Radiometric dating earth science validating domain name
many elements were radioactive nor what their decay products might be, since radioisotopes had yet to be discovered and there was no instrument available that could measure radioactivity.Nevertheless, Rutherford's brilliant insights allowed him to suggest that radioactivity might be used as a 'clock' to date the formation of some naturally occurring minerals and therefore the rocks that contained them.The oldest date increased the age of the Earth by an order of magnitude.Although by modern standards these results were not very accurate, for instance the age of the Glastonbury uraninite has been recalculated to 265 Ma, Boltwood's technical developments were of enormous importance.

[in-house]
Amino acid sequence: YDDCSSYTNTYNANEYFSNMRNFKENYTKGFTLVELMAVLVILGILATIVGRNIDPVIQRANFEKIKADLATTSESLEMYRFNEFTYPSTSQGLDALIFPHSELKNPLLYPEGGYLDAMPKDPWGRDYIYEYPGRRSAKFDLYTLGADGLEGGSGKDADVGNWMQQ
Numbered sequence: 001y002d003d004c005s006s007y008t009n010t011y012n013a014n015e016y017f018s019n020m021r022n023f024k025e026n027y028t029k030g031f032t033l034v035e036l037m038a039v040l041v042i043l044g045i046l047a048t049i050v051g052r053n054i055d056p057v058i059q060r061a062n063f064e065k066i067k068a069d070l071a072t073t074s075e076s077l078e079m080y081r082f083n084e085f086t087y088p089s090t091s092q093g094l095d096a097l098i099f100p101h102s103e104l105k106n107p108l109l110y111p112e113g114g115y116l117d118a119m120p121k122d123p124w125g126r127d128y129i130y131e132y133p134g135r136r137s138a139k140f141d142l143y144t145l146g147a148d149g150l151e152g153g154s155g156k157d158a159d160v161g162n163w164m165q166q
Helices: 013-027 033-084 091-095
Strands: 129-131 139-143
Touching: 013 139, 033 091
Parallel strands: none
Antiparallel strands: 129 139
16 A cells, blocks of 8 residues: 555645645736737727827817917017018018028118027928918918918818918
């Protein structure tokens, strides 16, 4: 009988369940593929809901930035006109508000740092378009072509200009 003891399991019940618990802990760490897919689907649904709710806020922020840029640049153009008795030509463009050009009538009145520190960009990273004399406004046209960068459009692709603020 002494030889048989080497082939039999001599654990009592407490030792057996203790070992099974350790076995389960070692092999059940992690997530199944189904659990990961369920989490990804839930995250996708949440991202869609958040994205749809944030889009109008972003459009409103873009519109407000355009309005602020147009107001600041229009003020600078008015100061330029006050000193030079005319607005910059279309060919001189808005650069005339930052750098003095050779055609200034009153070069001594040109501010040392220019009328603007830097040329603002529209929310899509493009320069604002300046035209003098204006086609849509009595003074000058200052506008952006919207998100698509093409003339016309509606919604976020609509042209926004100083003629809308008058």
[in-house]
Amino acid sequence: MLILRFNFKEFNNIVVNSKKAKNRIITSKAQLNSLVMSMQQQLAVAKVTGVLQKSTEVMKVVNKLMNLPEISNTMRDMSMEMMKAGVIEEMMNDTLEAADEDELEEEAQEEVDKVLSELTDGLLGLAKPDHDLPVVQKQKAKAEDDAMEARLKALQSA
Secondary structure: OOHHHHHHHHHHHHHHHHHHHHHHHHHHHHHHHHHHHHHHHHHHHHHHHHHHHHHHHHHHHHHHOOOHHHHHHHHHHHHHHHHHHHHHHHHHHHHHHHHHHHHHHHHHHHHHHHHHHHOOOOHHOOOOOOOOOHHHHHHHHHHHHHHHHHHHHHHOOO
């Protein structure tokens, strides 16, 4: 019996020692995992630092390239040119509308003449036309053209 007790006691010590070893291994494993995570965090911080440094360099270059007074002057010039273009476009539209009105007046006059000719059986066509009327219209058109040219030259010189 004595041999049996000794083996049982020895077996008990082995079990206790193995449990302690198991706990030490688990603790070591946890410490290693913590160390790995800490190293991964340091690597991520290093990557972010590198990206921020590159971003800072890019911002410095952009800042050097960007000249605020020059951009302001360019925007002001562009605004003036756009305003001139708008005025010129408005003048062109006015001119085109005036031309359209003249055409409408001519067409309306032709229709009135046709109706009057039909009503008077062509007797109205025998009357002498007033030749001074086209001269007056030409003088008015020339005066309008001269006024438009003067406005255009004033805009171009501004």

Joined Cavendish laboratory in Cambridge (1895), professor in Mc Gill University, Canada (1898), Manchester (1907). Frederick Soddy, 1877-1937, English radiochemist, Oxford trained, worked with Rutherford at Mc Gill University, Canada and became professor of chemistry at Glasgow, Aberdeen and Oxford, discovered and named 'isotopes' and awarded Nobel prize for chemistry in 1921.
Marie and Pierre Curie, 1867-19-1906 respectively, French physicist couple (she was Polish born), worked on magnetism and radioactivity (a term she coined in 1898), jointly awarded Nobel prize for physics with Becquerel in 1906.
She gained a second Nobel for chemistry in 1911 for isolating pure radium.
In the same year, an American radiochemist, Bertram Boltwood, went on to provide the first reasonably accurate means of dating the formation of certain minerals within the Earth.
Boltwood studied at Yale then in Germany and, on returning to America, worked to improve the analytical techniques of radiochemistry pioneered by his friend Rutherford, who at this time was Bertram Boltwood, 1870-1927, American radiochemist, studied at Yale and in Germany, returned to Yale as professor (from 1897).
discovered that a lump of radium mineral that he carried around in his pocket burned his skin.